A and A's Movie A Day

Watching movies until we run out.

Movie 53 – Koyaanisqatsi

Koyaanisqatsi – April 22nd, 2010

This is not a movie with a plot. It has no named characters and no dialogue and no screenplay with stage directions. What it is is a movie with a message and beautiful cinematography and a mesmerizing soundtrack. Have you seen it? Have you heard about it? If you haven’t seen it or have only seen parts, this is going to be hard for me to explain to you. And that’s fine. I’ll do my best, but ultimately I’m going to suggest that if you are at all interested, you should find a copy of the movie and just sit down and watch it. Plan out an hour and a half to just sit and take it in all in one sitting. It’s best that way. And be well-rested before turning it on. Some of it is, as I said, mesmerizing, and I can see how some of the calmer, more peaceful sections could lead to sleep if you need a nap. The bizarre part is that I don’t at all mean that in a bad way.

The word ‘koyaanisqatsi’ is, according to the movie, a Hopi term that roughly translates to the movie’s subtitle: Life out of balance. And so the movie is a series of sections showing the natural world – deserts, rivers, caves, etc. – with no humans, then moves slowly into populated areas and then shows humans and the things we do. It’s all done in beautiful wide shots or time-lapse shots showing movement over the course of hours or days. And it’s all set to a Philip Glass score. If I was going to get all academic about it, I could probably make a case for there being something akin to a plot here, and conceptual characters such as “nature” and “humanity” and “technology” and I’m sure I could get a halfway decent paper out of that. But that’s not what I’m doing here. That’s not why I’m watching. I’m watching because it’s beautiful. It’s just occurred to me that I would absolutely love to see an IMAX (wraparound, not dome) version of this movie. The footage in it is stunning. I haven’t seen the other two films in the trio (Powaqqatsi and Naqoyqatsi), but I’d like to at some point. We don’t own them yet. We should. I’ll be adding them to our To Buy list later.

Having watched this now a number of times, I can stand to look away a bit and write this review and eat my dinner, but I remember the first time I watched it and how I simply couldn’t take my eyes off of the screen. There are a couple of parts in particular which have stuck with me since that first viewing. One is the opening, with all of the footage of the natural world. The others are the most overtly destructive visuals: The atom bomb test footage, the ending with the rocket exploding, and then the footage of the Pruitt-Igoe housing development and its subsequent demolition. Without any dialogue or written storyline, the movie still manages to make me tear up watching those, not merely because of the images being shown, but the meanings those images and events carry with them. The movie makes me think, which is, I believe, the intent, so despite being somewhat dated in terms of the fashion and cars and video games on display, I believe it succeeds. I’ll certainly be watching it again. And again and again.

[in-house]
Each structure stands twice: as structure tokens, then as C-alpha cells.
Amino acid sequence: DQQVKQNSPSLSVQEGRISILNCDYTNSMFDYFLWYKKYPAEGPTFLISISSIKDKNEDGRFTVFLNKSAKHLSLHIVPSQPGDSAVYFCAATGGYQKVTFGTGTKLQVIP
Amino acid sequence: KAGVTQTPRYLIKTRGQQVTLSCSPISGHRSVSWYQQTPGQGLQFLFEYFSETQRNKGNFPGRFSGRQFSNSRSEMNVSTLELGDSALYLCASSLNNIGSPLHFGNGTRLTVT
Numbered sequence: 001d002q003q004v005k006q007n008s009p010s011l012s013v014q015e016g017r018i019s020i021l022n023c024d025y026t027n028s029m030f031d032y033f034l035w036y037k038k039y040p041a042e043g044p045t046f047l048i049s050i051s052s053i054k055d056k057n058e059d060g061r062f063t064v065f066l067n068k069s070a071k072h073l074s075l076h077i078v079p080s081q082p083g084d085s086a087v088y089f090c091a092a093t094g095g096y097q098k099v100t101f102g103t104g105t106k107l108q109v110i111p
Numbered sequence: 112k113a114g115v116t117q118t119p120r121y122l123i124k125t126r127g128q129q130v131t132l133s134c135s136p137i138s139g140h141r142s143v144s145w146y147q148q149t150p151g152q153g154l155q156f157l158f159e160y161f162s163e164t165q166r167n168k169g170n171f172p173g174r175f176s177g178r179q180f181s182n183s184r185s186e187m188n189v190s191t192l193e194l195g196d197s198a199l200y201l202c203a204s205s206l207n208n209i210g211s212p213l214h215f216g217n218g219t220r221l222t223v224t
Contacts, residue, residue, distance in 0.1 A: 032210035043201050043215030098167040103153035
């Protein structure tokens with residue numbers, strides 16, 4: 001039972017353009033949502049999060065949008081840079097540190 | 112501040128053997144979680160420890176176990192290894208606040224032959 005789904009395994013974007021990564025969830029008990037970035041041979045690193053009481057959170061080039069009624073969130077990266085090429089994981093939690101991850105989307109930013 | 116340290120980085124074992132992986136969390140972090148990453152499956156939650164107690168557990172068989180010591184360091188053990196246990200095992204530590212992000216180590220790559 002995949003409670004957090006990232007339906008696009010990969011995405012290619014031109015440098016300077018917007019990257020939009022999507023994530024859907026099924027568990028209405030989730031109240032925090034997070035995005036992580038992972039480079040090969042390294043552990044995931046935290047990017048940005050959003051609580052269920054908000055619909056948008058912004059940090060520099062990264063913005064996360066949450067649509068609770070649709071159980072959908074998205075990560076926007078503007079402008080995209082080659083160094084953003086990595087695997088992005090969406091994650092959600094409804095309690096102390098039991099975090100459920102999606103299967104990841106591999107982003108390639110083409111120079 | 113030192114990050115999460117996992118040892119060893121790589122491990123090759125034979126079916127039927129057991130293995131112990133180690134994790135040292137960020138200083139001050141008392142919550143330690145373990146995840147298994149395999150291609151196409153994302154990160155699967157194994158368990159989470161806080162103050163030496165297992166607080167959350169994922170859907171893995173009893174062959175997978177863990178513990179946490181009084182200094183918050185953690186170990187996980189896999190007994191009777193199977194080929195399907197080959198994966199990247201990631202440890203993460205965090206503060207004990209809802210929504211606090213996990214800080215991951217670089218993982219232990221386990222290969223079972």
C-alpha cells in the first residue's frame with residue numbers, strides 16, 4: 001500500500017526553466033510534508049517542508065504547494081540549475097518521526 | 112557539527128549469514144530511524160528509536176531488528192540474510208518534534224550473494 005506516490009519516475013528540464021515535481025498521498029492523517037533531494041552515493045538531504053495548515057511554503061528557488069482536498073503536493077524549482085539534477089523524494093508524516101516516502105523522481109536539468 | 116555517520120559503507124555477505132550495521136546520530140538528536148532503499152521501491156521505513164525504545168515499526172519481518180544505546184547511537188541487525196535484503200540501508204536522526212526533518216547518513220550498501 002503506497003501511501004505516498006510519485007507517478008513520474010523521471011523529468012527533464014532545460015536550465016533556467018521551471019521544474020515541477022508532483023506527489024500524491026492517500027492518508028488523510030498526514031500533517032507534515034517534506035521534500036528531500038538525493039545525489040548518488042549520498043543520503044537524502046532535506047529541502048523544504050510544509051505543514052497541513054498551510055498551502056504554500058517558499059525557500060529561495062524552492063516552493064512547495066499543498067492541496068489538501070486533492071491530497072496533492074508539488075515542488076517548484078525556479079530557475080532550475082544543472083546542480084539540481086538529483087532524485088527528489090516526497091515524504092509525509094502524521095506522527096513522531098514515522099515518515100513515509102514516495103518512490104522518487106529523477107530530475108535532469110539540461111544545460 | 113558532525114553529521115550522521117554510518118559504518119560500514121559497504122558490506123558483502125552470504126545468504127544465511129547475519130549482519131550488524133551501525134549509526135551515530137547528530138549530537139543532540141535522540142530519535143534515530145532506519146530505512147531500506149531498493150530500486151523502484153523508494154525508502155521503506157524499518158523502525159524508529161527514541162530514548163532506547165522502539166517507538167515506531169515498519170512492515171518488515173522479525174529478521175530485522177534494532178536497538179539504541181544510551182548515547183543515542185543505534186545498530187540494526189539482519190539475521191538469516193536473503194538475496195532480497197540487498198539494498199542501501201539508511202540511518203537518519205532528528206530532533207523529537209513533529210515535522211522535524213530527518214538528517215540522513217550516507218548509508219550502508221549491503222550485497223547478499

April 22, 2010 Posted by | daily reviews | , | Leave a comment


April 22, 2010


It’s Earth Day today, so we searched our collection for something with an appropriately environmental message. We contemplated An Inconvenient Truth, but chose to delay it in favor of this sublime piece of un-movie. I’ve seen this movie four or five times all the way through and even so I can’t take my eyes off the screen long enough to write this review. (Seriously, you should see how many typos there are with me touch typing like this!)

I find a number of things astonishing about this movie. For one – it’s amazing that a movie with no dialog and no characters and really no plot can have such a powerful narrative feel to it. It tells a story directly from your eyes and ears to your brain without any of that intervening interference from your conscious mind. I mean, it’s pretty much just a series of images stitched together and bound by the mesmerising Philip Glass score. It’s all about sensory overload, bombarding you with more input than your brain can process. But it also makes you look at your own life in a different way.

It’s a subversive film in that it challenges you to see your day-to-day life and the complacency that it implicit in it. It’s an indictment of the consumerism and mechanization and dehumanization of the modern age – all without ever having a single spoken line. It’s a deeply touching human film without any characters whatsoever. In short: it’s a major accomplishment in film making.

Another thing I find amazing about this movie is how perfectly relevant it still is today, almost thirty years after it was first made. The way of life it portrays has barely changed at all in my entire lifetime. Life is a hectic and troubled and meaningless as it was back then. And behind the scenes everything is more inhuman and mechanized than ever before. Yes, the styles have changed and the technology has made some incremental changes, but for the most part it’s as though we’re all standing still – while racing towards destruction at the same time. A very odd thing.

I don’t really know what else to say about this movie. If you haven’t seen it than no words can adequately portray it for you, and if you have then you’ve already had your mind blown so I have nothing to contribute. I would encourage anybody who hasn’t seen this movie before to watch it. At least once. And Earth Day is as good a time as any.

Let’s hear it for Earth. She’ll be here long after we’re all gone.

April 22, 2010 Posted by | daily reviews | , | 1 Comment